whenever we speak of grace, sensuality, fertility, symmetry, elegance and natural beauty, whether it's in terms on the natural world, or several man-made creations, we almost always quite naturally speak of these things as 'she'. The testimony of scripture is no different. Wisdom is depicted by Solomon as the virtuous woman who feeds us well as opposed to the seductress who entices us into an alien and demeaning life (Proverbs 9) and the communities of Israel and the church are also equally described so. In the book of Ezekiel, for example, the people of God are defined as a woman, who from birth, is nurtured and loved by God, the naturalness of her form adorned and lavished, her every need being met (16:6-14).
This inherent connection between natural elegance and the feminine in terms of Biblical revelation clearly stems from the creation of Eve in Eden, the 'mother of all living' (Genesis 3:20).
It is only when we step away from this 'inherently good' design to 'life' defined by the present, fallen world, that we see that purpose demeaned and destroyed.

Whilst the pagan world of the Greeks and other ancient cultures seemed to venerate the feminine into divinity, it was at a dreadful cost. Women, as Plato viewed it, were 'mutilated males' who did not possess souls - the epitome of imperfection. This, of course, has to be the case amidst a culture where the very nature of humanity - engendered, sexual creatures, which are bound to a physical existence - was seen as no more than prison to escape through 'Gnosis' (mystical wisdom) and death.

We can, no doubt, make some measure of excuse for people who had yet to hear the richness and fullness of the message of redemption found in the 'grace and truth' made evident by God in the Incarnation of the Lord Jesus Christ, but what excuse do we have in the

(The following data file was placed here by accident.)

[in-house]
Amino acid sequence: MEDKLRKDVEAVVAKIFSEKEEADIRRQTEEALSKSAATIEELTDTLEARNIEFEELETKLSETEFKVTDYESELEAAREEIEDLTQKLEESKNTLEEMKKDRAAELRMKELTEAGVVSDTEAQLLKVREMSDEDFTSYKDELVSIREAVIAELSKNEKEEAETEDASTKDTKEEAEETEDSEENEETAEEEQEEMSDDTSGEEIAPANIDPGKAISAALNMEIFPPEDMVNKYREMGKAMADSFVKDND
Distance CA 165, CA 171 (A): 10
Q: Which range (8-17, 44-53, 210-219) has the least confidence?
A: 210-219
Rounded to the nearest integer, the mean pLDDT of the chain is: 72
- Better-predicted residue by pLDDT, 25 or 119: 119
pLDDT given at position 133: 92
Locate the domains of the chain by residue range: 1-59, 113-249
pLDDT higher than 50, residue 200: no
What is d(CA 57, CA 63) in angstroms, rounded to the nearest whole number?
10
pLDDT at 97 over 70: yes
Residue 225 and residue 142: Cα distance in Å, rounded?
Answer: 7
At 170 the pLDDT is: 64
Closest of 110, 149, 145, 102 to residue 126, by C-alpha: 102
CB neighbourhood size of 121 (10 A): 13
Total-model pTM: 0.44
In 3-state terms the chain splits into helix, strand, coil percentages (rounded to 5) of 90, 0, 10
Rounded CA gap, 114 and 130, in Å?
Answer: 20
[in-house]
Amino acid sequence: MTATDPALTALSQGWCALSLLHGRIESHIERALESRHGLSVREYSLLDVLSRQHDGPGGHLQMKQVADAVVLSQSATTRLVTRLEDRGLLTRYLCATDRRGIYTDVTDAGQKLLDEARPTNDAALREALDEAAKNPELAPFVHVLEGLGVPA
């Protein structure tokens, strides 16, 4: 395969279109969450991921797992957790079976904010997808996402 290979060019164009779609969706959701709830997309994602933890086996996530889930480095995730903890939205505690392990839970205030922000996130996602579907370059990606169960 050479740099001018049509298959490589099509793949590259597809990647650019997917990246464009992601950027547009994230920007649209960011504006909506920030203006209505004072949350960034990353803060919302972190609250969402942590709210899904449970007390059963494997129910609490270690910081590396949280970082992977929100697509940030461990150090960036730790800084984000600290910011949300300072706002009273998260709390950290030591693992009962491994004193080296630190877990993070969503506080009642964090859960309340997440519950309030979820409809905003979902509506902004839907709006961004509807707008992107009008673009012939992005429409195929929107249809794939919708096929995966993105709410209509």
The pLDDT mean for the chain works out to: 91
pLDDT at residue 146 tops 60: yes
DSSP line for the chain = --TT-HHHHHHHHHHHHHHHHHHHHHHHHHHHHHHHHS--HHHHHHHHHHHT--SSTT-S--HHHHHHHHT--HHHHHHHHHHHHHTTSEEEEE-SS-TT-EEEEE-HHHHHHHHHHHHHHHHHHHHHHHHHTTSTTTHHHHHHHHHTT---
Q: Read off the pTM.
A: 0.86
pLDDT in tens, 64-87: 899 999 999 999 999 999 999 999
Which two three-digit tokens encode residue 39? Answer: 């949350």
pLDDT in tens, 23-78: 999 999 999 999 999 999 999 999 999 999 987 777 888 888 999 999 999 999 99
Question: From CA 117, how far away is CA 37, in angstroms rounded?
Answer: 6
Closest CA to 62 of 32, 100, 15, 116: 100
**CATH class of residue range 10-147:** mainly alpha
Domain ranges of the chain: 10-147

church of the 21st century? Why, so often, do we so quickly and easily lean much more towards the de-personalising approach and dictates of the 'wisdom' which so troubled the early church of the Colossians than the natural delight and veneration of our creational humanity alluded to so richly in places like the Song of Songs?
The Greeks and others 'religious-ized' the natural to try and escape its immediacy - it's potent 'shout' of the fact that all of human life - male and female, 'naked and unashamed', speaks of the image of God, not the severed version they could conveniently display in their temples. The grace bestowed upon us should allow us to express a reality which weaves the life and gifts which spring 'from every tribe and people, and every nation under heaven', but the creative richness which God wishes us to use well is often muted and directed to be monotone when it comes to our 'religious' activities and relationships.

This must not be so!
The early church was plagued by all manner of issues and troubles, but it was a living community of the saints, and we are called to be the same - a body which makes the world spin as it views the astonishing and marvelous triumph of grace abounding amidst those once in darkness, now dancing in the light.

Friday, 1 August 2008


I've been looking for this for a while...
It takes a few moments to get started, but when people ask me to summarize the 'joy in believing' which by Grace was conveyed in the Gospel to me some 30 plus years ago, here's a simple yet profound way to express this wonderful gift...